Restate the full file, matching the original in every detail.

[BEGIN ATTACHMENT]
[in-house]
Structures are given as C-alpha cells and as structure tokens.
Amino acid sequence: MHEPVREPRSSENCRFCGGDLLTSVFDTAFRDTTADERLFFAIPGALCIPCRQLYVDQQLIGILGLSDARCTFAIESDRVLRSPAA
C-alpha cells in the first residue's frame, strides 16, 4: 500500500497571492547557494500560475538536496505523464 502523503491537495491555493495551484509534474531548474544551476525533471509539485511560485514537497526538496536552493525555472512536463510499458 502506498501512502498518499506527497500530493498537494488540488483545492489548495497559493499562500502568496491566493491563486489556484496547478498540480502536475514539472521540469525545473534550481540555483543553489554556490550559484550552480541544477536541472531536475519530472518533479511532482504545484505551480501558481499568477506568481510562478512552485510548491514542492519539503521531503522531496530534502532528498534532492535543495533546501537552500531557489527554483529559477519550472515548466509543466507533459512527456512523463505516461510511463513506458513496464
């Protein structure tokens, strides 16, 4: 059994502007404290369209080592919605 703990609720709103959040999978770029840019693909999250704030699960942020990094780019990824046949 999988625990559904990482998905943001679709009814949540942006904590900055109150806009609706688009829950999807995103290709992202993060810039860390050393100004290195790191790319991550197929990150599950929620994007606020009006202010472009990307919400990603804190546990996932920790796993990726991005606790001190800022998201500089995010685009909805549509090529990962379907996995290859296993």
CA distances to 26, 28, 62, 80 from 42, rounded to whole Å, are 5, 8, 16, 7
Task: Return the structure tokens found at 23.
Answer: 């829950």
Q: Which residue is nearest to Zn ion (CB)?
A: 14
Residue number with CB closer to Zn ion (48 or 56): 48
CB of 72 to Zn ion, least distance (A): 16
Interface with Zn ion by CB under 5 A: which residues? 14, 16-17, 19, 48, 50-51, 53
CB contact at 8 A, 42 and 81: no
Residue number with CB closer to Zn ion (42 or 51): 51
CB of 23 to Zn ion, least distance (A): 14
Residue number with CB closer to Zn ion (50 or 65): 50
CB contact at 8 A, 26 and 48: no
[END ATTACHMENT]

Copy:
[in-house]
Structures are given as C-alpha cells and as structure tokens.
Amino acid sequence: MHEPVREPRSSENCRFCGGDLLTSVFDTAFRDTTADERLFFAIPGALCIPCRQLYVDQQLIGILGLSDARCTFAIESDRVLRSPAA
C-alpha cells in the first residue's frame, strides 16, 4: 500500500497571492547557494500560475538536496505523464 502523503491537495491555493495551484509534474531548474544551476525533471509539485511560485514537497526538496536552493525555472512536463510499458 502506498501512502498518499506527497500530493498537494488540488483545492489548495497559493499562500502568496491566493491563486489556484496547478498540480502536475514539472521540469525545473534550481540555483543553489554556490550559484550552480541544477536541472531536475519530472518533479511532482504545484505551480501558481499568477506568481510562478512552485510548491514542492519539503521531503522531496530534502532528498534532492535543495533546501537552500531557489527554483529559477519550472515548466509543466507533459512527456512523463505516461510511463513506458513496464
């Protein structure tokens, strides 16, 4: 059994502007404290369209080592919605 703990609720709103959040999978770029840019693909999250704030699960942020990094780019990824046949 999988625990559904990482998905943001679709009814949540942006904590900055109150806009609706688009829950999807995103290709992202993060810039860390050393100004290195790191790319991550197929990150599950929620994007606020009006202010472009990307919400990603804190546990996932920790796993990726991005606790001190800022998201500089995010685009909805549509090529990962379907996995290859296993």
CA distances to 26, 28, 62, 80 from 42, rounded to whole Å, are 5, 8, 16, 7
Task: Return the structure tokens found at 23.
Answer: 């829950």
Q: Which residue is nearest to Zn ion (CB)?
A: 14
Residue number with CB closer to Zn ion (48 or 56): 48
CB of 72 to Zn ion, least distance (A): 16
Interface with Zn ion by CB under 5 A: which residues? 14, 16-17, 19, 48, 50-51, 53
CB contact at 8 A, 42 and 81: no
Residue number with CB closer to Zn ion (42 or 51): 51
CB of 23 to Zn ion, least distance (A): 14
Residue number with CB closer to Zn ion (50 or 65): 50
CB contact at 8 A, 26 and 48: no